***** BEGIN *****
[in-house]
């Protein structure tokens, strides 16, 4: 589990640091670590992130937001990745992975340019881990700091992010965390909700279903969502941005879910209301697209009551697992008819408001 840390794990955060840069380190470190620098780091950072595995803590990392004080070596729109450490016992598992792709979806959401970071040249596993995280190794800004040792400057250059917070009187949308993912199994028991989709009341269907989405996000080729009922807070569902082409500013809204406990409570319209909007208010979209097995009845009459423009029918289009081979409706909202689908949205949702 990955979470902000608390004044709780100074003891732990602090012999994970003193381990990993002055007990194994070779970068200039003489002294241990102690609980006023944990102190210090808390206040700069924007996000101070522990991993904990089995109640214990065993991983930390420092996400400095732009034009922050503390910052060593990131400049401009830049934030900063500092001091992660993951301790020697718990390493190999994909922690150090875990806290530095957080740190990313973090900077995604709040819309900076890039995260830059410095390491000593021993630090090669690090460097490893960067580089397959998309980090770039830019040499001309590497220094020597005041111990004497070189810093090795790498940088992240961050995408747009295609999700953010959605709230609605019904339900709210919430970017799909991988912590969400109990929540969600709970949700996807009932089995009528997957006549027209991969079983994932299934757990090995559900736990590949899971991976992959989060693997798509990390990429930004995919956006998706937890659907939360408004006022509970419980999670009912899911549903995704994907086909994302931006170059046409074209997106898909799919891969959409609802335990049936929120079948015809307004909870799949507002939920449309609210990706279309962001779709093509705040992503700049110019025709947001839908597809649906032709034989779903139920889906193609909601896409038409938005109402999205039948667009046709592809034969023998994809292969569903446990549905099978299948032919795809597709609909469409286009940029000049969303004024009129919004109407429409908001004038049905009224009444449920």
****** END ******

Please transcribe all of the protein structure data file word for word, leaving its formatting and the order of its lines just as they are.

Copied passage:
[in-house]
């Protein structure tokens, strides 16, 4: 589990640091670590992130937001990745992975340019881990700091992010965390909700279903969502941005879910209301697209009551697992008819408001 840390794990955060840069380190470190620098780091950072595995803590990392004080070596729109450490016992598992792709979806959401970071040249596993995280190794800004040792400057250059917070009187949308993912199994028991989709009341269907989405996000080729009922807070569902082409500013809204406990409570319209909007208010979209097995009845009459423009029918289009081979409706909202689908949205949702 990955979470902000608390004044709780100074003891732990602090012999994970003193381990990993002055007990194994070779970068200039003489002294241990102690609980006023944990102190210090808390206040700069924007996000101070522990991993904990089995109640214990065993991983930390420092996400400095732009034009922050503390910052060593990131400049401009830049934030900063500092001091992660993951301790020697718990390493190999994909922690150090875990806290530095957080740190990313973090900077995604709040819309900076890039995260830059410095390491000593021993630090090669690090460097490893960067580089397959998309980090770039830019040499001309590497220094020597005041111990004497070189810093090795790498940088992240961050995408747009295609999700953010959605709230609605019904339900709210919430970017799909991988912590969400109990929540969600709970949700996807009932089995009528997957006549027209991969079983994932299934757990090995559900736990590949899971991976992959989060693997798509990390990429930004995919956006998706937890659907939360408004006022509970419980999670009912899911549903995704994907086909994302931006170059046409074209997106898909799919891969959409609802335990049936929120079948015809307004909870799949507002939920449309609210990706279309962001779709093509705040992503700049110019025709947001839908597809649906032709034989779903139920889906193609909601896409038409938005109402999205039948667009046709592809034969023998994809292969569903446990549905099978299948032919795809597709609909469409286009940029000049969303004024009129919004109407429409908001004038049905009224009444449920």